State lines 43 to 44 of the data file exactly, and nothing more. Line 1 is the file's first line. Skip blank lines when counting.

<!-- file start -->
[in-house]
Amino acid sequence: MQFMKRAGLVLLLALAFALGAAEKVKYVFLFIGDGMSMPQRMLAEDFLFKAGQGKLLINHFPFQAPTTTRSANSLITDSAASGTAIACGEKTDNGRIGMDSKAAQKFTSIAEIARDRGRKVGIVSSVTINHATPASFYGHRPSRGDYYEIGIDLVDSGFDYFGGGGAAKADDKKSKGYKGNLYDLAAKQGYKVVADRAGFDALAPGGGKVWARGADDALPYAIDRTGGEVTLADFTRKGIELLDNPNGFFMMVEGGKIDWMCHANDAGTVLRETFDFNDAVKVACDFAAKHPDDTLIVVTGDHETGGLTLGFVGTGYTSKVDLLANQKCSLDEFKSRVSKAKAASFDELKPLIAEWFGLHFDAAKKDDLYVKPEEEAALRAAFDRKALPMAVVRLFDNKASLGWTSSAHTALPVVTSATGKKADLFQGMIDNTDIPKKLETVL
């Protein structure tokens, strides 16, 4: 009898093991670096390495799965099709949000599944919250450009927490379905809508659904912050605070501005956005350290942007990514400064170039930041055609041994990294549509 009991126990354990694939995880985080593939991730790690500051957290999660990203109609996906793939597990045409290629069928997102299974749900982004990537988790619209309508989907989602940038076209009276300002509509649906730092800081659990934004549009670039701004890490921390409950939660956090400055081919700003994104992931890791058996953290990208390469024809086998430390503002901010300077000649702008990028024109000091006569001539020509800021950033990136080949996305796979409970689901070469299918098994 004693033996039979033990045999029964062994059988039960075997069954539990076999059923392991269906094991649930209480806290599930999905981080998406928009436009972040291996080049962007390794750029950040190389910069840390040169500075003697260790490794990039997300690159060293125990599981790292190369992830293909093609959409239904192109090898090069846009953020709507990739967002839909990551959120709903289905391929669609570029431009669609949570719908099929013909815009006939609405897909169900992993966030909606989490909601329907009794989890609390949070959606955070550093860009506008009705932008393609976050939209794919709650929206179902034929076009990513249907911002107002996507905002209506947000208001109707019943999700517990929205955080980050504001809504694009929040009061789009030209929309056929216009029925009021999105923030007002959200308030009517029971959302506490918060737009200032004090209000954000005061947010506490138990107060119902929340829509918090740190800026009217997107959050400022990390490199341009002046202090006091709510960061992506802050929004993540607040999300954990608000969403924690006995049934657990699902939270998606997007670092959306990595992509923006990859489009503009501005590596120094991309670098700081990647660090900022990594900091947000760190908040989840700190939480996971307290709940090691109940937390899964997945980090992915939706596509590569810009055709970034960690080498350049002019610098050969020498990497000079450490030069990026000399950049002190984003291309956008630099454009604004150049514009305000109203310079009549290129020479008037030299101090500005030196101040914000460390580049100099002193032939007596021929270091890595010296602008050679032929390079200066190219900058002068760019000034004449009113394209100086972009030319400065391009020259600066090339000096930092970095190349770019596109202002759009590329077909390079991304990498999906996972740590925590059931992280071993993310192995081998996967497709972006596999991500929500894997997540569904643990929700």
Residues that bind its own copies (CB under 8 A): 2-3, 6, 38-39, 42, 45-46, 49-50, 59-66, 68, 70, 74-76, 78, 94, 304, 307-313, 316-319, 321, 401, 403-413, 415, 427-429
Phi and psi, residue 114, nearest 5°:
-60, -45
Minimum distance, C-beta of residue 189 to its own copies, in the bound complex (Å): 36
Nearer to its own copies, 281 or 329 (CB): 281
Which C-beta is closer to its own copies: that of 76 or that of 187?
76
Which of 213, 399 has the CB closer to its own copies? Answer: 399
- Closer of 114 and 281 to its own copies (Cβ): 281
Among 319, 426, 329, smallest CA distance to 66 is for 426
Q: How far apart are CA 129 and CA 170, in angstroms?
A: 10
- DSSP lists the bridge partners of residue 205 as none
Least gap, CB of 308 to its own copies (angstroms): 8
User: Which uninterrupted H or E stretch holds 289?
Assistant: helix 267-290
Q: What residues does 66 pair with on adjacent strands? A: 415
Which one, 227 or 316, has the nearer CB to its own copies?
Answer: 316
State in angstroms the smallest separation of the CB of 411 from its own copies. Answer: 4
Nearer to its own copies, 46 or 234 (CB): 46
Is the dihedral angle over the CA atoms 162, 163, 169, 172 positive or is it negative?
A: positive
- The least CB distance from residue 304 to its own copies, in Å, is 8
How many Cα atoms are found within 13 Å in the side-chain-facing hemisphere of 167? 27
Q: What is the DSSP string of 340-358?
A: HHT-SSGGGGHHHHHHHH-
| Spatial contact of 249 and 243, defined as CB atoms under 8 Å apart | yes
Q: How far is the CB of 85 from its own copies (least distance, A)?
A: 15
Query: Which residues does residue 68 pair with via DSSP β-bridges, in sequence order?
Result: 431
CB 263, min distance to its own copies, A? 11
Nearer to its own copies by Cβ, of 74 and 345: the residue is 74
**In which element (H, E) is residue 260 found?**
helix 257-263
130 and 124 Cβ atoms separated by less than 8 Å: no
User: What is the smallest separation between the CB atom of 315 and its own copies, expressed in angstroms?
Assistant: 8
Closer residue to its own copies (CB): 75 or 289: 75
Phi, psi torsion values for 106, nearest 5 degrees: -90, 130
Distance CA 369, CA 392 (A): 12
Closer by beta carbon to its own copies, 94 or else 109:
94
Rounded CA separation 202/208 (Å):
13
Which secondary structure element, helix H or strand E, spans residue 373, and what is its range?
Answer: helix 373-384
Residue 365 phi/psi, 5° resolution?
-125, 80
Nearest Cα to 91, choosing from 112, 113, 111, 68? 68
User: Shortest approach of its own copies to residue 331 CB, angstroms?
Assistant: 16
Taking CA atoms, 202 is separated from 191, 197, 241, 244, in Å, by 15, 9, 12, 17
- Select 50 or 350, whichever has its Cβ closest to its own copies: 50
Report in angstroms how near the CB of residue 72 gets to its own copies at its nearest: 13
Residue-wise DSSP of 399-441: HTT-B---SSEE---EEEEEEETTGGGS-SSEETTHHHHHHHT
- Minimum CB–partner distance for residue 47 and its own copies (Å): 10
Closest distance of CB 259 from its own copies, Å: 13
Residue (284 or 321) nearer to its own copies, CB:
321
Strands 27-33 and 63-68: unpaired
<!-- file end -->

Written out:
Closer residue to its own copies (CB): 75 or 289: 75
Phi, psi torsion values for 106, nearest 5 degrees: -90, 130